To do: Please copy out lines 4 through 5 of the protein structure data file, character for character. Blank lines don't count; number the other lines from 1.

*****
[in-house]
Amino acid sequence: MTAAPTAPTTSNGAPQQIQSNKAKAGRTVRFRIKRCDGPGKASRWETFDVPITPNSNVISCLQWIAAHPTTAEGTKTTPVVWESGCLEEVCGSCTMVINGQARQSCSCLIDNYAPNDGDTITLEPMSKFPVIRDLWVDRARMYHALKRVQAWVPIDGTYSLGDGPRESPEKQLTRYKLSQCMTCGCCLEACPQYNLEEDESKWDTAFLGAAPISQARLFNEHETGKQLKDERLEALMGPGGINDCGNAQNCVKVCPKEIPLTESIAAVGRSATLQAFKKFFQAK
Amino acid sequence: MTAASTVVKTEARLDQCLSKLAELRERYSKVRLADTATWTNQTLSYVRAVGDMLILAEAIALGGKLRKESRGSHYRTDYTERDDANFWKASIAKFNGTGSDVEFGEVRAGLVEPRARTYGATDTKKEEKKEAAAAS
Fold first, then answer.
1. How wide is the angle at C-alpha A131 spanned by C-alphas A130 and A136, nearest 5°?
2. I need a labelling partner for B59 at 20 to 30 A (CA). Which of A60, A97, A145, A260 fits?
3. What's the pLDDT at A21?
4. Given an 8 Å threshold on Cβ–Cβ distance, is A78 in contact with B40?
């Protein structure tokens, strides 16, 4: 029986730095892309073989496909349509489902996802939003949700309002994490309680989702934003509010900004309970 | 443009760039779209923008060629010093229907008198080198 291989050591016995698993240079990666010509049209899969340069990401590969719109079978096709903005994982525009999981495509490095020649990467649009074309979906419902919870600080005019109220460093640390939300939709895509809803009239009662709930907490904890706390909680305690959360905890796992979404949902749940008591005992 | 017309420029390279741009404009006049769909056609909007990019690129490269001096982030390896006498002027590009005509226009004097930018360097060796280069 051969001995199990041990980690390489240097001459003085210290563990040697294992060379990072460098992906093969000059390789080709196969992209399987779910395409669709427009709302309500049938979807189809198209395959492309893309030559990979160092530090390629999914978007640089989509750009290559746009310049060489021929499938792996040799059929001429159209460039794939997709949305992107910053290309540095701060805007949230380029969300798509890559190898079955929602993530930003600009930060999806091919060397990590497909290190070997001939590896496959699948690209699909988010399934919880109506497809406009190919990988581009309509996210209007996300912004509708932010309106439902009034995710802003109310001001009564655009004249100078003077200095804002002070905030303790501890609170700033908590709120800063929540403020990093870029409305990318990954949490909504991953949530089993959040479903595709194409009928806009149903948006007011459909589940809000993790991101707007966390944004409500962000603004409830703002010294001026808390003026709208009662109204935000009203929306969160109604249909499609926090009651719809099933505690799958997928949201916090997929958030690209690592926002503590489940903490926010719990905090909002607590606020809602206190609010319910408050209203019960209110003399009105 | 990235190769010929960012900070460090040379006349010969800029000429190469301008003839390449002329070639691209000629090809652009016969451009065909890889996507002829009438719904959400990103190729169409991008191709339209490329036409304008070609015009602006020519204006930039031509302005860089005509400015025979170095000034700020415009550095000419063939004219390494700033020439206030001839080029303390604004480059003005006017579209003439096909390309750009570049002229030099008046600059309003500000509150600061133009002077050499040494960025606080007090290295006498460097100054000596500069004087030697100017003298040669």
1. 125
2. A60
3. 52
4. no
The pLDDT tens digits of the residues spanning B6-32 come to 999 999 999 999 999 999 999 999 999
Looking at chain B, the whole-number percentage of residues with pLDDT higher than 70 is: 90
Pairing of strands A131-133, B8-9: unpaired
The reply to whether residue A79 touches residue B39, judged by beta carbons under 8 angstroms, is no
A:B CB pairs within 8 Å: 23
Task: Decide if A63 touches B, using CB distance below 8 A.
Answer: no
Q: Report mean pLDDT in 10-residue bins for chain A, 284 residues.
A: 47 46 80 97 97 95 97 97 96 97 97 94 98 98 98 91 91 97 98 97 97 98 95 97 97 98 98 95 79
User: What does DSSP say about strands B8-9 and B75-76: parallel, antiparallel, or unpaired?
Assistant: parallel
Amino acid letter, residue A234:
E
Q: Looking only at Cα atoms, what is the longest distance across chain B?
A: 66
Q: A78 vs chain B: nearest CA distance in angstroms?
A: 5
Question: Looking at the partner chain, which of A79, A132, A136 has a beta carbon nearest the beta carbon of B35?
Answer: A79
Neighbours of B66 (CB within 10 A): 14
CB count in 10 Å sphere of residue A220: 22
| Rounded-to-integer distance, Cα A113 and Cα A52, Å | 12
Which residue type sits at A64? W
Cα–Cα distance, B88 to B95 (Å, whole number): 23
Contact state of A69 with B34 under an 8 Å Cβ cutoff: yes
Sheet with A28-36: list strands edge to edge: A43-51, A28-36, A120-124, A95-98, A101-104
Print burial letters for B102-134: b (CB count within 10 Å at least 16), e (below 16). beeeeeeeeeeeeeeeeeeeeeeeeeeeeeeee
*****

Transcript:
Fold first, then answer.
1. How wide is the angle at C-alpha A131 spanned by C-alphas A130 and A136, nearest 5°?